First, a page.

Negative, miserly, punitive

The proposed changes to gratuity payments to prisoners is contrary to Council of Europe’s rules and lets down those who want to avail of educational, training or counselling services, writes Kevin Warner

This article appeared in The Irish Examiner on 31 July 2012

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It’s 25 years since the Whitaker Report on our prison system was published. We are still grappling with the issues it dealt with because we did not take its advice, writes Kevin Warner

This article appeared in the Irish Examiner on 07/09/2010

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What’s the Difference between Ireland and Iceland? One Letter and a Decent Prison System …*

This paper identifies aspects of the prison system in Iceland that offer
positive models for Ireland. Although Iceland experienced a similar financial crash to Ireland, Iceland’s penal policies remain very much in tune with Nordic approaches, which have largely resisted the punitive impulses evident in English-speaking countries.

Comparisons between the prison systems of Ireland and Iceland reveal a much lower rate of incarceration, and more socially inclusive attitudes, in the latter. The paper examines, in particular, prison regimes in each country; on most criteria, conditions and the manner of treating people in prison in Iceland are seen to be significantly better than in Ireland. The thinking behind the different policies and practices is explored: concepts such as ‘dynamic security’, ‘balancing care and custody’ and ‘normalisation’ have much greater currency in the prison system of Iceland than in that of Ireland.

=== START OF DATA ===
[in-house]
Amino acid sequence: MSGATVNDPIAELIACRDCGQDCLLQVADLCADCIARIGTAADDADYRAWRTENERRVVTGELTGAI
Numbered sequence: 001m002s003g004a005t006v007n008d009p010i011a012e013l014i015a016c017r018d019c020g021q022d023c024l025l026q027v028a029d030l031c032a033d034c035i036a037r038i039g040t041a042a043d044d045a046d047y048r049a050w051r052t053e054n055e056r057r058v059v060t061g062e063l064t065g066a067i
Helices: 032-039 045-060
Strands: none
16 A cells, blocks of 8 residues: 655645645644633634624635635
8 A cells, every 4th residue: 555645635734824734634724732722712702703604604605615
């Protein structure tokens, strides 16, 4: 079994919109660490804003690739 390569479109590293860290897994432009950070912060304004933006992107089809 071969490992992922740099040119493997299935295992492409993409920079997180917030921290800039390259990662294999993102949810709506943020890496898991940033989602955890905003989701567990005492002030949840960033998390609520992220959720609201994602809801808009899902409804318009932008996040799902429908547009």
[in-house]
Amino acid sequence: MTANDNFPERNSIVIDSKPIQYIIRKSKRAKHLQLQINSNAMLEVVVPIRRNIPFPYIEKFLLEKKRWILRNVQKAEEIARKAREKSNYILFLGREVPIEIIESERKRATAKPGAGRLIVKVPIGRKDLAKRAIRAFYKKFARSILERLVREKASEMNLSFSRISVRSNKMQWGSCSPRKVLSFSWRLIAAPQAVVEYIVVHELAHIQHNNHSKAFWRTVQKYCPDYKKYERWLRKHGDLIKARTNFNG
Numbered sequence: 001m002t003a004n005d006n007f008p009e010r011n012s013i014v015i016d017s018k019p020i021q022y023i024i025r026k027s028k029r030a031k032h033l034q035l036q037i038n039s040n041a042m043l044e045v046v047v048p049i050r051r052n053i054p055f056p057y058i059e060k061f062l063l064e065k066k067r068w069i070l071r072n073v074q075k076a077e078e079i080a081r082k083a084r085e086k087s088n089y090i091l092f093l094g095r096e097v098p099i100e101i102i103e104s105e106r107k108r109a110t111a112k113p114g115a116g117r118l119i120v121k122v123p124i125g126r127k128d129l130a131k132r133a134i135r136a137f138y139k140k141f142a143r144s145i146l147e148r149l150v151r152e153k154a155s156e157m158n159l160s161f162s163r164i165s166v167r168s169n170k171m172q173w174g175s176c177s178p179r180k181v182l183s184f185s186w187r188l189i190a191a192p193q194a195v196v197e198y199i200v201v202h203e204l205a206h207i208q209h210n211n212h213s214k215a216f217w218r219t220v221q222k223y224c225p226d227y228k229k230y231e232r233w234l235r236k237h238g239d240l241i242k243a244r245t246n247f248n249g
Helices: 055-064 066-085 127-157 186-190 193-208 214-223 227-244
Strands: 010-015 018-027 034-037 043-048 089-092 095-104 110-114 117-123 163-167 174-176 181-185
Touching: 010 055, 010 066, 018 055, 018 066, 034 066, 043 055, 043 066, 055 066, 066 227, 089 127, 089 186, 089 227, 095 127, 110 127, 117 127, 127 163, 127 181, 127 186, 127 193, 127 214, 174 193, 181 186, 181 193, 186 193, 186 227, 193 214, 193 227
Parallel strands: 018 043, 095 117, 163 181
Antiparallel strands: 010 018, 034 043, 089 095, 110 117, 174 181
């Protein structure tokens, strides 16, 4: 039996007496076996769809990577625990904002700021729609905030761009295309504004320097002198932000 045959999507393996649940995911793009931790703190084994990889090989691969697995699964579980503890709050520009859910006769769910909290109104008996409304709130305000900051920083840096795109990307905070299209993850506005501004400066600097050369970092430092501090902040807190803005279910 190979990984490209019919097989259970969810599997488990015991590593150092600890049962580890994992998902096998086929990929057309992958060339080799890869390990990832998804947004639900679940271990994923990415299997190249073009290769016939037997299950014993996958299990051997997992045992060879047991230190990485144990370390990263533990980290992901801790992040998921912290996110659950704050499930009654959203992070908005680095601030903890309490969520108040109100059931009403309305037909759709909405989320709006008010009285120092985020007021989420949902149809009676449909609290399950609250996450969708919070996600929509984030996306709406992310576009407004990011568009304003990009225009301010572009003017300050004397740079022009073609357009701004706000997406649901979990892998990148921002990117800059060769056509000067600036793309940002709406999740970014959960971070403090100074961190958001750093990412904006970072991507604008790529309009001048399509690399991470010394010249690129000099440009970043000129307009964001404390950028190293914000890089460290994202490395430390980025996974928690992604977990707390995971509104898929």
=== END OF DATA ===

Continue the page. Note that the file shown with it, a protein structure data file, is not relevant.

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A Critique of the Prison Reentry Discourse: Futurity, Presence, and Commonsense

This study raises basic questions about reentry programs in the United
States and the discourses of reentry that currently frame policy, research,
and programs. We compare Nordic discourses with those in the United
States and illustrate how the latter curtail a more complex understanding
of the presence of loved ones in the life of an incarcerated father. We
found that U.S. reentry discourses in general are future-oriented and
convey hopelessness about the capacity of loved ones separated by prison
to be positively present—physically and imaginatively—to each other. We
conclude the study with implications for a humanizing curriculum.

Muth et al, Prison Journal, 2016

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